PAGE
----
Harare Sports Club will play host to its most illustrious gathering of cricket talent for more than a decade in August, as South Africa and Australia arrive with strong squads for a month of action against a struggling Zimbabwe side.
South Africa will play a one-off Test against Zimbabwe at HSC from August 9 that will see Hashim Amla take charge of just his third Test since taking over the captaincy from the long-serving Graeme Smith, before the two teams travel down to Bulawayo for a three-match one-day international series.
Then, on August 25, Zimbabwe take on Australia in the first game of a triangular series at HSC in which the three teams will play each other twice before the top two sides contest the final on September 6.
While Zimbabwe has hosted the likes of India and Sri Lanka for tri-series in recent years, the tourists left high-profile players such as Sachin Tendulkar, Mahendra Singh Dhoni and Kumar Sangakkara at home.
However that will not be the case this time around, with Australia bringing a full-strength squad as they begin their preparations for next year’s ICC World Cup. Aggressive opening batsman David Warner is the only player to have withdrawn from the Australian squad, in order to be present for the birth of his first child.
South Africa are equally focused on maximising their World Cup preparations, with their tour of Zimbabwe forming part of a busy run-in to the tournament in February and March.
Having won an ODI series in Sri Lanka for the first time in their history last month, the Proteas are in an excellent space but will hope that legendary all-rounder Jacques Kallis can return to form in Zimbabwe.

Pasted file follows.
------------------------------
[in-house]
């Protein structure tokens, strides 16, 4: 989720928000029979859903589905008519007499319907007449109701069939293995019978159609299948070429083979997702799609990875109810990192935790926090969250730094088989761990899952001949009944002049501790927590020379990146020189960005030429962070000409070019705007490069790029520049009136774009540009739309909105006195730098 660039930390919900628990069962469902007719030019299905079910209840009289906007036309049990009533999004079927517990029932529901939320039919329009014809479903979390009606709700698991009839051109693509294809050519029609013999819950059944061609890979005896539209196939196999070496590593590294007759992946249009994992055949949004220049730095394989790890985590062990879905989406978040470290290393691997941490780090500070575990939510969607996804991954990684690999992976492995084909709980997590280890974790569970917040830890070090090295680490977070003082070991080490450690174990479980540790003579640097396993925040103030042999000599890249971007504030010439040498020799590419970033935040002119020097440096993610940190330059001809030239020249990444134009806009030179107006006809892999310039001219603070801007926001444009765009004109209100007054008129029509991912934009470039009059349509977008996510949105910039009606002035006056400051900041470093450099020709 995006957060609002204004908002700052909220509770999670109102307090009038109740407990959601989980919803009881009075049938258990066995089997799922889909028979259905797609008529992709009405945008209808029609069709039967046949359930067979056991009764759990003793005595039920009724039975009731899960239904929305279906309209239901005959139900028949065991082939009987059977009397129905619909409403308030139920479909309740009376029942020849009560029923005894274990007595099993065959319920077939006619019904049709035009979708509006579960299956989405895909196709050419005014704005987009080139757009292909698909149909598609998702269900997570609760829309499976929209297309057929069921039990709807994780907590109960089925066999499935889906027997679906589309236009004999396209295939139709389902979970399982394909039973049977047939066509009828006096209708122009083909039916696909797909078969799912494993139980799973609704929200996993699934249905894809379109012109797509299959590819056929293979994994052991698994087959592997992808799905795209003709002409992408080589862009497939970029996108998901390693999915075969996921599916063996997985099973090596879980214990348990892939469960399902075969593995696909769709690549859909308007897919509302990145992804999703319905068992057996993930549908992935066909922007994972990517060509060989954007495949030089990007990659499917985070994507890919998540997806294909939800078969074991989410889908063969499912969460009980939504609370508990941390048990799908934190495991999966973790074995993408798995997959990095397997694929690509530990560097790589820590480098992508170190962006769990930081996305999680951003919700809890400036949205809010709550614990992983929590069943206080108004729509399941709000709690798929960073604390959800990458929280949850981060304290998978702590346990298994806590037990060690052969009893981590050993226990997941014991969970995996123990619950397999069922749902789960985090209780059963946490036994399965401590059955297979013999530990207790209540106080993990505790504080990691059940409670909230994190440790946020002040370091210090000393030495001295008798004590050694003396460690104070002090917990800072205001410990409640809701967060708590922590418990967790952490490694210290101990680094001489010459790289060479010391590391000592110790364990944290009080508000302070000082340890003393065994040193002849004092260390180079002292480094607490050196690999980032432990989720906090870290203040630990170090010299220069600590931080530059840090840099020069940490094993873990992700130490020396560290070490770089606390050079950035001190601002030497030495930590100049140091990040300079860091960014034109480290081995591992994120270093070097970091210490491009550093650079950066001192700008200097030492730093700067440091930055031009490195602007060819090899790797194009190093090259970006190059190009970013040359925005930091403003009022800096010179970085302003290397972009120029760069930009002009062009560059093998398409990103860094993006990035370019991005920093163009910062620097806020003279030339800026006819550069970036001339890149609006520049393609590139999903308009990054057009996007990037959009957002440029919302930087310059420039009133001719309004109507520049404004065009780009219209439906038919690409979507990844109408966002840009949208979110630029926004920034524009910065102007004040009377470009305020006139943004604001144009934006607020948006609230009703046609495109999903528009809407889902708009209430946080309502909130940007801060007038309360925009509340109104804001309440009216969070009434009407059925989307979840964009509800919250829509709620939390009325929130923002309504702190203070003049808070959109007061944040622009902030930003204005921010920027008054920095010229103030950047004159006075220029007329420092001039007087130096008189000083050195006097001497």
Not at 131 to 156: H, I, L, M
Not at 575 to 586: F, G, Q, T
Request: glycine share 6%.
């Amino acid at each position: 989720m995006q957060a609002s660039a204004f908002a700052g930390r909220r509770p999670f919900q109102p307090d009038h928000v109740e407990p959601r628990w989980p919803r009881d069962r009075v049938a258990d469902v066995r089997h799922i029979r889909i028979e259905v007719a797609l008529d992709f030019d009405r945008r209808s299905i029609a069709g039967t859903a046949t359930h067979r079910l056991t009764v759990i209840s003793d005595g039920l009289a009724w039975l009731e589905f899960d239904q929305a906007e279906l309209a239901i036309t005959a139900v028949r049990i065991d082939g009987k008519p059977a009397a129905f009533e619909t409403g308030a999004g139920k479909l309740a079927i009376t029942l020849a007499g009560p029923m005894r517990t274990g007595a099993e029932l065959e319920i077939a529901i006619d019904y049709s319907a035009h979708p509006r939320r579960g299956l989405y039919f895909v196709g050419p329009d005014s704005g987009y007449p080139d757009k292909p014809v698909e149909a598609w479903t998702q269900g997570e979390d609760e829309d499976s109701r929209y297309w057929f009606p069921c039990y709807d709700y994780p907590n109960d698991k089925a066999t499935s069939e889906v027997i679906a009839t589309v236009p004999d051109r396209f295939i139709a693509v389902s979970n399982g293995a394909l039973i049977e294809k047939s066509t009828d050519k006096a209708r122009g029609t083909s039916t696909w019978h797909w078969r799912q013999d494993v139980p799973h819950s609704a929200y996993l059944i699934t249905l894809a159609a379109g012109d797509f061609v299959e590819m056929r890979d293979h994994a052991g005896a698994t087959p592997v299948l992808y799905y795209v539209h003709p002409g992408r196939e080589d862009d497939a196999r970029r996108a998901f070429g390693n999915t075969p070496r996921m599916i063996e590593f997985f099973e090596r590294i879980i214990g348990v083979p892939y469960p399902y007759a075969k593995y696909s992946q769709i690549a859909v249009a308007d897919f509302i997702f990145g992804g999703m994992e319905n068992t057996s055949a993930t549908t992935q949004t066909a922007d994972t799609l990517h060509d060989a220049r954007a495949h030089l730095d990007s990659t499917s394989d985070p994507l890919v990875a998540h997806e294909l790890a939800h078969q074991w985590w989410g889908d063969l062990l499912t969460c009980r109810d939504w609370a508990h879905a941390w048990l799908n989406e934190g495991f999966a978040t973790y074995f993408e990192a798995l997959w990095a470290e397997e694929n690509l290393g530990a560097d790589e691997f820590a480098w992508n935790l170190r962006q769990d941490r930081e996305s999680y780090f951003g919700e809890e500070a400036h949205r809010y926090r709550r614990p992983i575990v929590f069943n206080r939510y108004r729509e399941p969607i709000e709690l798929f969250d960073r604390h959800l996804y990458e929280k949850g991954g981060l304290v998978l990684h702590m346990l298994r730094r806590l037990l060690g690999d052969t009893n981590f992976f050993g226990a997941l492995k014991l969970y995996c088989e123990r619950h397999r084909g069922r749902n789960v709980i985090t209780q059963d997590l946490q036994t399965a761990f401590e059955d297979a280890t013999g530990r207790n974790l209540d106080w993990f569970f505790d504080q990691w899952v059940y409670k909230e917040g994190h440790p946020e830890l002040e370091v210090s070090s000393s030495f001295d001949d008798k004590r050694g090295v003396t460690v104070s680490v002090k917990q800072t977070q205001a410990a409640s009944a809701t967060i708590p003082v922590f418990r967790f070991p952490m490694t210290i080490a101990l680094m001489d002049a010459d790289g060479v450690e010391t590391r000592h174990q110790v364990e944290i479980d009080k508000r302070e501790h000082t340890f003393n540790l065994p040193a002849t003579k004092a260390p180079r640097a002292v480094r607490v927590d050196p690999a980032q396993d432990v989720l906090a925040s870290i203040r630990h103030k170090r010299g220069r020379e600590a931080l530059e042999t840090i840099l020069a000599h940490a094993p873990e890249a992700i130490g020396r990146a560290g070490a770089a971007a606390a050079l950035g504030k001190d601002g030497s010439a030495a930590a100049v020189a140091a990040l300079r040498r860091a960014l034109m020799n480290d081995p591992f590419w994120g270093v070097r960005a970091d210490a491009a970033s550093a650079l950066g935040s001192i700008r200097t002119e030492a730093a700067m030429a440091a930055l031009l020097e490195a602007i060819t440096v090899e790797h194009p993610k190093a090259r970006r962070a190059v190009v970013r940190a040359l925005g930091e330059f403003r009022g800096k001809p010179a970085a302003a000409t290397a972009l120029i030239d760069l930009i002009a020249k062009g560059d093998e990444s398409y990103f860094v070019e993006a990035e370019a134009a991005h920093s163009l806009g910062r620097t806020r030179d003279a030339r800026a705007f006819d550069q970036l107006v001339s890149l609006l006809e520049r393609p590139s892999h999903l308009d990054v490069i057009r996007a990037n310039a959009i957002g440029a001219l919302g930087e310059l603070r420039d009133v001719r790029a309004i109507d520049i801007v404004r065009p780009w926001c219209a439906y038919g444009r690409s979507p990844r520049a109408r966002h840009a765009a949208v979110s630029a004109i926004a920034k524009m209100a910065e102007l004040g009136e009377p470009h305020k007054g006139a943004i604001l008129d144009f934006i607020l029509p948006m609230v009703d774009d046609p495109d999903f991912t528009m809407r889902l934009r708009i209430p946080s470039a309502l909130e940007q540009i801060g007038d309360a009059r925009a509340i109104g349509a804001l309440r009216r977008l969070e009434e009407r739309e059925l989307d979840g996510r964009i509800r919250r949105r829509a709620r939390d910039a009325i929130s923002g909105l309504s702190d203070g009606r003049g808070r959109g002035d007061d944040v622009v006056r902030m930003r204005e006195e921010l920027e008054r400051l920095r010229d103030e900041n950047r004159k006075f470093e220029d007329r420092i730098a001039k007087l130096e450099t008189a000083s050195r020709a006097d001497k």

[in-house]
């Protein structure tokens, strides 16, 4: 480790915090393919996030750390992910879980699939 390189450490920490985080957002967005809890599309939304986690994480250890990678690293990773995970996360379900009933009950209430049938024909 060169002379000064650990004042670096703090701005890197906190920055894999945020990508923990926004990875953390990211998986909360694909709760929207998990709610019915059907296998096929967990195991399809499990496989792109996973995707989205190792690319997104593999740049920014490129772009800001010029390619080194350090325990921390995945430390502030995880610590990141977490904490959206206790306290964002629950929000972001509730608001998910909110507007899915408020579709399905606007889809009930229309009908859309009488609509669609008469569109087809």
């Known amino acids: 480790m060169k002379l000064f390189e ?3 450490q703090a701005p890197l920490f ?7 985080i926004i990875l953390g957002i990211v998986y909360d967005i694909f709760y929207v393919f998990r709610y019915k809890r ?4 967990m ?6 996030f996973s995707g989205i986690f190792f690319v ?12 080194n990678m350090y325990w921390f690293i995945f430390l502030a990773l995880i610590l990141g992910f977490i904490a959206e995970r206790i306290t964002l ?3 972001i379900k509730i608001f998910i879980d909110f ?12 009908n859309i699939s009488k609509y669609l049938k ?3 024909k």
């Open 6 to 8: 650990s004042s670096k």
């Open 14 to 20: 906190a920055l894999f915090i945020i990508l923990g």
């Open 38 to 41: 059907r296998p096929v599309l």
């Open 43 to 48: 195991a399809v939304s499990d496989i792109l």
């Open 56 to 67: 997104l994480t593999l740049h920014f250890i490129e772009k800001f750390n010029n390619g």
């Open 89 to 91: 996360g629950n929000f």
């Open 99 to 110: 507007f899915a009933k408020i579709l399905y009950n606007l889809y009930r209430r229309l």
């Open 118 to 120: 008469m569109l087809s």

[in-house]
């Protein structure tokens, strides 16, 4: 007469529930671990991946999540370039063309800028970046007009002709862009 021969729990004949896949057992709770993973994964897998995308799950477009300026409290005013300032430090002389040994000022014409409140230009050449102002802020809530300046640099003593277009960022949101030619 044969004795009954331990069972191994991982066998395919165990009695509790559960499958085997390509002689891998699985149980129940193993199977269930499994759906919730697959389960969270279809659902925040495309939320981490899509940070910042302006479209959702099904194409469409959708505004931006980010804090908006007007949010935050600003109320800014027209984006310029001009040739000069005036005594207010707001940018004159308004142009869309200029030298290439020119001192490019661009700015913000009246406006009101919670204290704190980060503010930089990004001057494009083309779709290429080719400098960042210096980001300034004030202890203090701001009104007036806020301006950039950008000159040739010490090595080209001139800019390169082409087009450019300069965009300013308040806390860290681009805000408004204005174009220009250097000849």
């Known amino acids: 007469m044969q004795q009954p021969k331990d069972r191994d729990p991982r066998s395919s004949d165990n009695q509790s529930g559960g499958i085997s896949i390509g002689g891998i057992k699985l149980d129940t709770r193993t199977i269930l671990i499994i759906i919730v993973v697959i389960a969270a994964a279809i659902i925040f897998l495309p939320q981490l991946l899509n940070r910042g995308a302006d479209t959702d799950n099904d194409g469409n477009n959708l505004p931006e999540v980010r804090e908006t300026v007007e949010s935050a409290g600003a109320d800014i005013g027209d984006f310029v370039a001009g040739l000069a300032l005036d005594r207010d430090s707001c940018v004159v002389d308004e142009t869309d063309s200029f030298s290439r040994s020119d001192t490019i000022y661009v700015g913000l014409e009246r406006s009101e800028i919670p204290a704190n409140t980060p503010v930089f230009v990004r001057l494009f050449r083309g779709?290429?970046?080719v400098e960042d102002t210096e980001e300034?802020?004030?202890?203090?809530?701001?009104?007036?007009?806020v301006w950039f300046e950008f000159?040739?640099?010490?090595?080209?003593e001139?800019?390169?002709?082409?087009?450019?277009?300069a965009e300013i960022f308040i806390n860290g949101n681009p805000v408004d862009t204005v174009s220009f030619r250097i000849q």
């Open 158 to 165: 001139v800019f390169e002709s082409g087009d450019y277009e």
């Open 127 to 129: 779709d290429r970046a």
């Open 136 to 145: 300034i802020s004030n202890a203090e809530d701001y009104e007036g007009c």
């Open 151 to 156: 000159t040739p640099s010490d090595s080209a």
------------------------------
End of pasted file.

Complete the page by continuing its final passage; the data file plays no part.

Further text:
Kallis retired from Test cricket in December and has set his sights on winning the one thing that has thus far eluded him throughout a 19-year international career: a major ICC trophy. However the 38-year-old scored just five runs in three ODIs in Sri Lanka, leading many to question whether he has lost his touch.
Not since Zimbabwe co-hosted the 2003 World Cup have so many players of such a high calibre graced the fields of Harare Sports Club.
This, however, means that the Zimbabwe team will face their toughest opposition for several years at a time when they are poorly prepared and equipped – and have suffered the embarrassment of drawing a one-day international series with Afghanistan.
The series against Afghanistan was designed to give Zimbabwe a relatively light warm-up for the more serious assignments that follow, but instead saw them sink to a new low as they lost the last two games to draw 2-2 against a team that only attained ODI status last year.
Financial mismanagement at Zimbabwe Cricket has contributed to disastrous levels of debt that have crippled the game at both domestic and international level, with the result that Zimbabwe have not played a Test match in almost a year.
“It’s a really tough task, but obviously everyone is keen to play against the top sides in the world because we want to try and prove a point,” Zimbabwe’s National Director of Coaching Andrew Waller told Harare News.
“Being underdogs, we’ve got nothing to lose and I’m hoping that will allow the guys to go out and play their natural games.
“When I watched South Africa’s games against Sri Lanka I thought that there’s no reason why we can’t cause an upset in one or two of the games, which would be nice because the guys have been practising bloody hard.”
Photo: Jekesai Njikizana